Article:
"That's great." Officer ⁣W.T. Anderson said. Curious to know who was ringing the doorbell at this time of night, I sleepily walked over to the public phone booth door and opened it. His fellow officers looked at him before taking their seats. Mom, come. "Hello" came from the booth. Yes, the police station is here. Please speak slowly, senior. You confuse me. Then he heard from a black man who stood anxiously in the shade of a pencil factory a few blocks away that a dead girl had been found in the basement of the National Pencil Factory on Forsyth Street. When Officer Anderson, who had been awakened by an emergency, came out of the public phone booth with the news, the sleeping police jumped to their feet. "My car is in front." cried Rogers. We come together. A moment later he was standing in the doorway, followed by Anderson. They jumped into the car together and woke up a sleeping reporter, and the three stood on the side of the road, spraying water and covering the floor as other policemen left a trail behind the dust and flashing red lights.

As the car approached, two men were seen at the corner of Prior and Decatur streets. The officers were Brown and Dobbs. The car started shaking and all cried. Rogers, and the big car barely swayed toward Marietta Street, then swerved forward and came to a screeching halt in a black pile of what he recognized as the National Pencil Company. Four people got out of the car.

Officer Anderson pounded on the door and everyone gasped with excitement. Quiet footsteps were heard inside. Newt Lee's horrified face looked up at them as the lock shook furiously. Teeth chatter and the whites of the eyes roll. They shot him and entered the dark gates of the factory. Lee was in the lead, followed by Anderson. Before either officer could say anything, "Horrible picture," "Where's the body?" he believed. One by one the men moved towards the hook, clutching their revolvers tightly. Newt Lee pointed to an object in the corner with a worried look and led the group into the shadows, up the stairs. he grumbled. "This is. The officers knelt down and examined the girl's horribly mutilated body.


He stood motionless in the sawdust, his legs crossed and his head turned forward. The face is facing the wall, unkempt and bruised with dirt. The men knelt down to take a closer look, and as they did so the severity of their injuries became clear. They confirmed that the young white woman's hair had been pulled out and she was covered in blood after an aggressive blow to the back of the head. The little white slipper still hung from her right foot, and the blue ribbon she had casually tied a few hours ago was now faded and dirty. The lavender silk dress was stained with blood. A thick cord with deep holes in the leather wraps around the neck. Rough fabric torn from his shirt wrapped around his head. The body is upside down. My pants are torn.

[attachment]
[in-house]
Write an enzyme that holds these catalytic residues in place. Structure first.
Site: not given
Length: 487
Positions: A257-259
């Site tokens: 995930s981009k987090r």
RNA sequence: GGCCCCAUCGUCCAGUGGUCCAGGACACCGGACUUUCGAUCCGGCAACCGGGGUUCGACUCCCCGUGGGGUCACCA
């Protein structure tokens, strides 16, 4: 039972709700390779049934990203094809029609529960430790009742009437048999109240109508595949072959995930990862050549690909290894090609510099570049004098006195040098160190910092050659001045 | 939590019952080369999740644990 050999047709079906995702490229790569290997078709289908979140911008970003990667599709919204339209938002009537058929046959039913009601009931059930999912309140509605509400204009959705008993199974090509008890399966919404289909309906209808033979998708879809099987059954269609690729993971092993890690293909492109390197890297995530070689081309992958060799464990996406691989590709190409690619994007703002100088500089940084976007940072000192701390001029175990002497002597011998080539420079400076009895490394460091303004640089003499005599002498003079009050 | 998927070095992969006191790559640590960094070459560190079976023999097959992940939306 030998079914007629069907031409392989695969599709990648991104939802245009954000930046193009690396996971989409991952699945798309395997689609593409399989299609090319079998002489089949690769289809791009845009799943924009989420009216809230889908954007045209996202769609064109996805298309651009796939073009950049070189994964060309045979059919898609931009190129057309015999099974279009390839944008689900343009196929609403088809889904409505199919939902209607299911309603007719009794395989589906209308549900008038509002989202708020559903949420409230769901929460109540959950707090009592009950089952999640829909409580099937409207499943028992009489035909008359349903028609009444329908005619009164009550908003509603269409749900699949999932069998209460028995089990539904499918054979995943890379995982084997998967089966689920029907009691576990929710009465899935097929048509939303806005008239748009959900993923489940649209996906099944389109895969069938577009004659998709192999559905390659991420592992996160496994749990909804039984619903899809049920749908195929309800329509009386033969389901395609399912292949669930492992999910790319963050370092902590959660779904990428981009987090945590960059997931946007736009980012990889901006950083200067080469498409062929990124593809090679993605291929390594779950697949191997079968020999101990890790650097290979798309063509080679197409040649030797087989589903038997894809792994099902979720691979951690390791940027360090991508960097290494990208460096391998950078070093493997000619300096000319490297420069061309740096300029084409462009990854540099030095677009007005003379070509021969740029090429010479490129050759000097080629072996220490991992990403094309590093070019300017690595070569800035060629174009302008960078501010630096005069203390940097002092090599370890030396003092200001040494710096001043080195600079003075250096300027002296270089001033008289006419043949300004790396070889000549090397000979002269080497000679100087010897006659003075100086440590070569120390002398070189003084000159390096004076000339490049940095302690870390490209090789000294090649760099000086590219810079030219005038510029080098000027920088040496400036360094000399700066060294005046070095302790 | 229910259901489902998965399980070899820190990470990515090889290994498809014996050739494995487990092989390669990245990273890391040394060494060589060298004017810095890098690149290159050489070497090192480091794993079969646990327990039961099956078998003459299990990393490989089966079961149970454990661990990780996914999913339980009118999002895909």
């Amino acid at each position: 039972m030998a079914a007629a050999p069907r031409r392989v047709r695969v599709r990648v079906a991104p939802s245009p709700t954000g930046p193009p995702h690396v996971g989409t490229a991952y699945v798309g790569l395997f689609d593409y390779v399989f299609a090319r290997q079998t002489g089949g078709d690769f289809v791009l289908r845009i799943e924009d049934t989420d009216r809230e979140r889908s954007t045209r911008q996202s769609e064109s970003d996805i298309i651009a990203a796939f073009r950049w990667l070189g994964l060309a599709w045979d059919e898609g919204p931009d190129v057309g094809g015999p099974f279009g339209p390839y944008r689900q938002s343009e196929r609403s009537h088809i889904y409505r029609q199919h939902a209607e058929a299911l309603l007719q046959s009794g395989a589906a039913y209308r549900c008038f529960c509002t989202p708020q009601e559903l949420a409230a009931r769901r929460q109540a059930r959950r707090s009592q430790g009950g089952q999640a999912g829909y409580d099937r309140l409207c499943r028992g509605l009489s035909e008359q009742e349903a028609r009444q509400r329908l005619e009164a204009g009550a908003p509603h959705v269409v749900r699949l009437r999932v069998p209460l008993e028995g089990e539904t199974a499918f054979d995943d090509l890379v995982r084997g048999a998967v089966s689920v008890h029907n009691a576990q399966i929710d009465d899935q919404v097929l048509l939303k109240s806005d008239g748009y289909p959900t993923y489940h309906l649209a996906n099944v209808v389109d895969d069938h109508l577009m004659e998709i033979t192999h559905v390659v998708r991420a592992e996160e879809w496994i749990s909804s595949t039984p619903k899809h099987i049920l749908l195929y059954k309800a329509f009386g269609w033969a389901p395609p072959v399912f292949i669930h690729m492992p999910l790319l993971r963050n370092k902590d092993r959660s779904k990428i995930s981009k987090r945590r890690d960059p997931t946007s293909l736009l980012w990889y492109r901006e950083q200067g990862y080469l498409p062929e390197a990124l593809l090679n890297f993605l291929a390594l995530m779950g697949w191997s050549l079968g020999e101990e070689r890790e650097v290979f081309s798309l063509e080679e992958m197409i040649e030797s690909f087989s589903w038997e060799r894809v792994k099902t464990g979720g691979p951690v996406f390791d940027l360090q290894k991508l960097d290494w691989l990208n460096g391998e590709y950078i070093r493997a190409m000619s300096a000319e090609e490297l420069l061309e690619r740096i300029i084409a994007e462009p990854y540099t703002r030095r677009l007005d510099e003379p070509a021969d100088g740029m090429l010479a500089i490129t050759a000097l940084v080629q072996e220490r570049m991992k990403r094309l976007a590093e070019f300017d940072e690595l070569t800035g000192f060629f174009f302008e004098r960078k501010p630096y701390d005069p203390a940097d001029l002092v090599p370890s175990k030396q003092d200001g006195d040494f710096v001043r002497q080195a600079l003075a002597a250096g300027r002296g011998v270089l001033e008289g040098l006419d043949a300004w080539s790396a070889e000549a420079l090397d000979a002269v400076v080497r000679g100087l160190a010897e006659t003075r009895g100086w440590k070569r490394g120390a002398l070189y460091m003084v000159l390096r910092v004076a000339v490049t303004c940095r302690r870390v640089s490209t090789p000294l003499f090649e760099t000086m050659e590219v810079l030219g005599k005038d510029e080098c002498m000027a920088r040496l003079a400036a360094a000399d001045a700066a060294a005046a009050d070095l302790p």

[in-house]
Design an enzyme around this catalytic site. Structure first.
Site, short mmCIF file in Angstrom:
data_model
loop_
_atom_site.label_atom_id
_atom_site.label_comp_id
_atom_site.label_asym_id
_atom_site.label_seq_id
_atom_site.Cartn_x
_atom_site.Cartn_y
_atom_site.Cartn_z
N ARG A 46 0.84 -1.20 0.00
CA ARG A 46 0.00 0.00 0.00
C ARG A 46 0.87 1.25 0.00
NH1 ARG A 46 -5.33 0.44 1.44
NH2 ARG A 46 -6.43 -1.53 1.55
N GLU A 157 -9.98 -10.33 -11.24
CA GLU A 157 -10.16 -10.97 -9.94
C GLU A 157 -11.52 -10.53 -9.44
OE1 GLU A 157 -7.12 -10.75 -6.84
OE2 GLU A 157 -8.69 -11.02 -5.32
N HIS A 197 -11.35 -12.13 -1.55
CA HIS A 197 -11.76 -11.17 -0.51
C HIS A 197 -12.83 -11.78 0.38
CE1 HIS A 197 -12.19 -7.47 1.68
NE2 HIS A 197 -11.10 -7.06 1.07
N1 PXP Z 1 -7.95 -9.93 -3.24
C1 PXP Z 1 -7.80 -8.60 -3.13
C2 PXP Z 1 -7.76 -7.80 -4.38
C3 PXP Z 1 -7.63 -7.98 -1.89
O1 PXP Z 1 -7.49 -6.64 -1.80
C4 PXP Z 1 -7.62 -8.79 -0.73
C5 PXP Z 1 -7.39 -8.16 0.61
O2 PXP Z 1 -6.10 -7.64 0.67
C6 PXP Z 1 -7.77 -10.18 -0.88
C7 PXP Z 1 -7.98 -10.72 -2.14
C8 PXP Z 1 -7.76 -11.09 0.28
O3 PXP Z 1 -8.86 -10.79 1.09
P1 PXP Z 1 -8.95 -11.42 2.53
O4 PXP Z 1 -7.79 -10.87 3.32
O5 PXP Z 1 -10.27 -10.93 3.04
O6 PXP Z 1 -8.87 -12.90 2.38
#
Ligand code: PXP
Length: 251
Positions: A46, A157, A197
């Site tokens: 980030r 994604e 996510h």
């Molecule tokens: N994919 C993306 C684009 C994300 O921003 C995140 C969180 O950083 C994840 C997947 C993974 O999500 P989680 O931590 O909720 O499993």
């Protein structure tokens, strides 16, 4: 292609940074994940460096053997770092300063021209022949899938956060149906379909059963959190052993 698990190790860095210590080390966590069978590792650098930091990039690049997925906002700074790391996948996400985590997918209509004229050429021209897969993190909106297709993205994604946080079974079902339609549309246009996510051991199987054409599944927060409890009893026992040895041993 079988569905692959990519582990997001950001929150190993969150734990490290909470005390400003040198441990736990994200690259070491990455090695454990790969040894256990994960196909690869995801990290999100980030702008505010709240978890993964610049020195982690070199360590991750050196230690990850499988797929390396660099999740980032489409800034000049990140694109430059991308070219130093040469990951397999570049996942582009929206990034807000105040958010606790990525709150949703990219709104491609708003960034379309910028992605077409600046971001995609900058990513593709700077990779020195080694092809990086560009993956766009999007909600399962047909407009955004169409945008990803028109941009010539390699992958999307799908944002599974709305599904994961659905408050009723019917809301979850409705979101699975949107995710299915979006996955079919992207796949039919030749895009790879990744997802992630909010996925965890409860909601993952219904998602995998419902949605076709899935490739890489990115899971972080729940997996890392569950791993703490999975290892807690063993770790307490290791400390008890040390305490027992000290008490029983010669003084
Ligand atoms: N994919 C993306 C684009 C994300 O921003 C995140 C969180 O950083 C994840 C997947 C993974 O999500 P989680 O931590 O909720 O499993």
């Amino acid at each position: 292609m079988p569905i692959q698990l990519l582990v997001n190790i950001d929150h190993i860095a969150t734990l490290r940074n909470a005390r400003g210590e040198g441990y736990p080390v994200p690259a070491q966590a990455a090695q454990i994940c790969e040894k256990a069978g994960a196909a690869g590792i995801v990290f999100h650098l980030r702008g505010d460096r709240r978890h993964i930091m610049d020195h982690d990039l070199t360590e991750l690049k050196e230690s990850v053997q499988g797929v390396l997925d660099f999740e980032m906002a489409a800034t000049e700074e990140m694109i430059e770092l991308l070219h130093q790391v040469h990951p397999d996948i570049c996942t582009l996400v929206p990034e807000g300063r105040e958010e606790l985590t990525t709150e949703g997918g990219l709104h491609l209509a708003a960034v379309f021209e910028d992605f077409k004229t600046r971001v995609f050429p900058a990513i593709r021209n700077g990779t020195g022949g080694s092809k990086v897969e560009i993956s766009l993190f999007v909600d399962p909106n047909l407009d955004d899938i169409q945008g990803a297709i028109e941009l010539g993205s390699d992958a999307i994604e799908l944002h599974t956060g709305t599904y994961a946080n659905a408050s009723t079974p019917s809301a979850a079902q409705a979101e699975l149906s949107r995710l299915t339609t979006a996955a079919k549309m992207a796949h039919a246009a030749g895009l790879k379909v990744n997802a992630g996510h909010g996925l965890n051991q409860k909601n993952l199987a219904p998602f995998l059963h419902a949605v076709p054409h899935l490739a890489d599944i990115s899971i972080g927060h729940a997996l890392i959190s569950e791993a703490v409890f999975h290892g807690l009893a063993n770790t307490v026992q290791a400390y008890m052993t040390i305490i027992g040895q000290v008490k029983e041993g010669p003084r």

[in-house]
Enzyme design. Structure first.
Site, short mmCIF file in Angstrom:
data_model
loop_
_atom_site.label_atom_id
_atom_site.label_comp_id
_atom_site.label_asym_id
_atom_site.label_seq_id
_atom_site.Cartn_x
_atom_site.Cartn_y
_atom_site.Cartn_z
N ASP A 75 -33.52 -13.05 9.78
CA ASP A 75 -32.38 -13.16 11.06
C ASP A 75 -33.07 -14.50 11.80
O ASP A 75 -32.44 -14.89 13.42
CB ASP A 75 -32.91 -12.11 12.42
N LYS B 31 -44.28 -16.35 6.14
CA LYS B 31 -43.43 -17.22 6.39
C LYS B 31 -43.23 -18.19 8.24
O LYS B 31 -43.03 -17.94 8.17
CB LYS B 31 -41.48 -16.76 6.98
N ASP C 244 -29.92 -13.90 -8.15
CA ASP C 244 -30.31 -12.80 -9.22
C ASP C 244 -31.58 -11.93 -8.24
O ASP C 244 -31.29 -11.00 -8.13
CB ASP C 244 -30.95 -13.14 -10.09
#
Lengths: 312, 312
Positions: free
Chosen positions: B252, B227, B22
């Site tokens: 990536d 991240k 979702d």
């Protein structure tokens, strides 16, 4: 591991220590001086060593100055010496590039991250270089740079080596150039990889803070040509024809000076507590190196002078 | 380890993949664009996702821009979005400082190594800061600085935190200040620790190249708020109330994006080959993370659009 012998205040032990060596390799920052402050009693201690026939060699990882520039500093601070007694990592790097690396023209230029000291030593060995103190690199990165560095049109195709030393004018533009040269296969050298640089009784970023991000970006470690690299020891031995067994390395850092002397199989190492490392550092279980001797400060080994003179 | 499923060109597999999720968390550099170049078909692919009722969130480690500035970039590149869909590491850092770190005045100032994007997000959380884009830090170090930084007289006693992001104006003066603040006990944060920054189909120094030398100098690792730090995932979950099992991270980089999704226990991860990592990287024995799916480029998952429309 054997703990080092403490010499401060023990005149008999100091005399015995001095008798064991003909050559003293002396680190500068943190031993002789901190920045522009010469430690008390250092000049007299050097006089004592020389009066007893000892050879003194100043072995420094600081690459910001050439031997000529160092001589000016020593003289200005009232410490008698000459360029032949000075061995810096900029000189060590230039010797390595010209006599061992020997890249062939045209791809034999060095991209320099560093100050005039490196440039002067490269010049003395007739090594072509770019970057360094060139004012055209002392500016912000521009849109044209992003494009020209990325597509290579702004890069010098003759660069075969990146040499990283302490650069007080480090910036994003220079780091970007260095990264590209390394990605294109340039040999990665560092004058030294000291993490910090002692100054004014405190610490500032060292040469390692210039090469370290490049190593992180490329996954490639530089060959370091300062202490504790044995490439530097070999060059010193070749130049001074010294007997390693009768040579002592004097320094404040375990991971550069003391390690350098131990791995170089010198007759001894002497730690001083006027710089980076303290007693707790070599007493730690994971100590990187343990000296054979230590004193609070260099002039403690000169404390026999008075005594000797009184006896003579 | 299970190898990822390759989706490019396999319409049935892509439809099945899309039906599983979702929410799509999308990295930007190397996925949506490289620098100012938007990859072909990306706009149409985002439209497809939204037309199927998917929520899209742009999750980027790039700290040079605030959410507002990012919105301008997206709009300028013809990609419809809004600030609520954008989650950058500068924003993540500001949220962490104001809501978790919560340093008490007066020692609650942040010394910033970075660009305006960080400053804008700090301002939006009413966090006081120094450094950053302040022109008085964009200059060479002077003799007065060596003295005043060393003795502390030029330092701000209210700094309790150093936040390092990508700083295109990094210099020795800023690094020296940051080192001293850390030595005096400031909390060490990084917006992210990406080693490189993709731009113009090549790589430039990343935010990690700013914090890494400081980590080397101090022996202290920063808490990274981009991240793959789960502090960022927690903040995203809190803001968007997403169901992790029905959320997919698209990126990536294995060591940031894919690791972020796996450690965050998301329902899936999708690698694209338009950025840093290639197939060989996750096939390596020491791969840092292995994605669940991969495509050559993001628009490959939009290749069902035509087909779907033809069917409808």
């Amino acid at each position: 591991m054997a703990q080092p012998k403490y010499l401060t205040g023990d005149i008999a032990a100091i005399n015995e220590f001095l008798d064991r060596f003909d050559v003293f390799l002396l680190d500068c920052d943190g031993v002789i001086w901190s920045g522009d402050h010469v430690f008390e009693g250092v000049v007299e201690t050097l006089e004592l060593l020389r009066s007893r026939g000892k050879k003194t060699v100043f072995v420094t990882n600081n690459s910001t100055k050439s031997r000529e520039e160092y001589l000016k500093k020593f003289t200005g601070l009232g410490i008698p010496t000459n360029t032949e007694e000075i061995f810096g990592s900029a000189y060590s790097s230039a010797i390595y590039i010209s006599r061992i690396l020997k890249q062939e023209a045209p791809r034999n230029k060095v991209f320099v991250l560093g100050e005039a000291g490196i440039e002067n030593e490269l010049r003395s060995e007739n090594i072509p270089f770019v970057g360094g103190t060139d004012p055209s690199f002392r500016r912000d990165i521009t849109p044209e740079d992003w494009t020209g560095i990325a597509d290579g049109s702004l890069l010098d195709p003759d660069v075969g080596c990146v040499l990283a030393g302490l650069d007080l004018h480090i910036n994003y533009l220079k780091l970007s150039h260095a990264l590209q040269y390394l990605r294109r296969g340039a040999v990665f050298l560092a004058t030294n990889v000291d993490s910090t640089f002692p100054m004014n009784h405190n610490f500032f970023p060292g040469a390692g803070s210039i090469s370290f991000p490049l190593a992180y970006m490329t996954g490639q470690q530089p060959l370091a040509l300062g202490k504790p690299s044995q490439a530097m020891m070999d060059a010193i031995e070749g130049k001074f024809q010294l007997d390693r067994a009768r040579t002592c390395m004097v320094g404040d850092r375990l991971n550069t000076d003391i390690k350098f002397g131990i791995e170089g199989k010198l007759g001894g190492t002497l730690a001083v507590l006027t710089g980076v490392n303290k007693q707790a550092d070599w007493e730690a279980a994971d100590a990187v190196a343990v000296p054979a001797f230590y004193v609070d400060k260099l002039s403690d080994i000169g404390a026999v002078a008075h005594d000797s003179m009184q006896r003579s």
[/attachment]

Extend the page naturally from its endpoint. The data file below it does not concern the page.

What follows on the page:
The stocking holder is broken. The white stockings hung down to my knees by themselves. "Oh my God, he's just a kid." Sergeant Brown said, throwing his head back. Sergeant Dobbs looked around the basement as they stood. He found the girl's other slippers nearby. His thin hat is near the elevator shaft.

Then he discovered something. When he turned to the candlestick, he was holding two dirty yellow pieces of paper with ugly writing on them. Officers reviewed the records. She said she loved me and lay down like a night witch. But the tall, thin black man did it alone. Another reader here who hired a black person had a mother who did.

When I went to draw water, he pushed me out of this hole. Black black tall, tall, awake. He was black, tall and thin. While my friends play, I write. The moment of doubt that any white person would have turned to Mr. Lee, a black man. What was that? What does it mean? Did the author of this post commit this heinous act? Anderson suddenly turns to guard and throws a rough hand on his shoulder. He said, "Hey, you did it." I didn't do it because of God. Moments later, white men saw Anderson cuffing Newt Lee's wrists and arrested him for the murder.